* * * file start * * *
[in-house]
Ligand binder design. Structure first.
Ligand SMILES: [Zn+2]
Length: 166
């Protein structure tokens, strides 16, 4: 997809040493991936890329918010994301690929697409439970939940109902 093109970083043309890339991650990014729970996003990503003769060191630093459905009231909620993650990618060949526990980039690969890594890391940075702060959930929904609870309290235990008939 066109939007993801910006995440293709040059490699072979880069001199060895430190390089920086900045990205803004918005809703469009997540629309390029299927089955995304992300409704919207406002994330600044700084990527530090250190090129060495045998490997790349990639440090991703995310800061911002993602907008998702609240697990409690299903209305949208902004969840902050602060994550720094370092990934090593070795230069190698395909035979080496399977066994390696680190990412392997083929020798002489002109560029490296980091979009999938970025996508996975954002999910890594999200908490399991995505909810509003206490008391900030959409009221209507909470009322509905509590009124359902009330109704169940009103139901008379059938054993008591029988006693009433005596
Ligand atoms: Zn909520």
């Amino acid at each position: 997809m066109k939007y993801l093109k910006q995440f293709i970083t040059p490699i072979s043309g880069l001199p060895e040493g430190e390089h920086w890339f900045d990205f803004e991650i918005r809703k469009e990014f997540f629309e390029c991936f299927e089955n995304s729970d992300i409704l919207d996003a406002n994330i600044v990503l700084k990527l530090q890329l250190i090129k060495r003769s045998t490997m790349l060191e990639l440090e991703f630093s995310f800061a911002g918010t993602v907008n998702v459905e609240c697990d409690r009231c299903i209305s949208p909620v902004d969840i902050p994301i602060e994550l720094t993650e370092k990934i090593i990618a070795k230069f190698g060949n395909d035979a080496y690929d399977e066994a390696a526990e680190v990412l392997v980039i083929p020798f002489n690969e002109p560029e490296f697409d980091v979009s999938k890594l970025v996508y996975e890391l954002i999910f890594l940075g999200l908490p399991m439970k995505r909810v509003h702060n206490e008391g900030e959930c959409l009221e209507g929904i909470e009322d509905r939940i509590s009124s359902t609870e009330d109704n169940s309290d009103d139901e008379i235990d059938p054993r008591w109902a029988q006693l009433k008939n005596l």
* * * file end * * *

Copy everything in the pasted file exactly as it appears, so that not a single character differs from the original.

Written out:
[in-house]
Ligand binder design. Structure first.
Ligand SMILES: [Zn+2]
Length: 166
């Protein structure tokens, strides 16, 4: 997809040493991936890329918010994301690929697409439970939940109902 093109970083043309890339991650990014729970996003990503003769060191630093459905009231909620993650990618060949526990980039690969890594890391940075702060959930929904609870309290235990008939 066109939007993801910006995440293709040059490699072979880069001199060895430190390089920086900045990205803004918005809703469009997540629309390029299927089955995304992300409704919207406002994330600044700084990527530090250190090129060495045998490997790349990639440090991703995310800061911002993602907008998702609240697990409690299903209305949208902004969840902050602060994550720094370092990934090593070795230069190698395909035979080496399977066994390696680190990412392997083929020798002489002109560029490296980091979009999938970025996508996975954002999910890594999200908490399991995505909810509003206490008391900030959409009221209507909470009322509905509590009124359902009330109704169940009103139901008379059938054993008591029988006693009433005596
Ligand atoms: Zn909520």
């Amino acid at each position: 997809m066109k939007y993801l093109k910006q995440f293709i970083t040059p490699i072979s043309g880069l001199p060895e040493g430190e390089h920086w890339f900045d990205f803004e991650i918005r809703k469009e990014f997540f629309e390029c991936f299927e089955n995304s729970d992300i409704l919207d996003a406002n994330i600044v990503l700084k990527l530090q890329l250190i090129k060495r003769s045998t490997m790349l060191e990639l440090e991703f630093s995310f800061a911002g918010t993602v907008n998702v459905e609240c697990d409690r009231c299903i209305s949208p909620v902004d969840i902050p994301i602060e994550l720094t993650e370092k990934i090593i990618a070795k230069f190698g060949n395909d035979a080496y690929d399977e066994a390696a526990e680190v990412l392997v980039i083929p020798f002489n690969e002109p560029e490296f697409d980091v979009s999938k890594l970025v996508y996975e890391l954002i999910f890594l940075g999200l908490p399991m439970k995505r909810v509003h702060n206490e008391g900030e959930c959409l009221e209507g929904i909470e009322d509905r939940i509590s009124s359902t609870e009330d109704n169940s309290d009103d139901e008379i235990d059938p054993r008591w109902a029988q006693l009433k008939n005596l």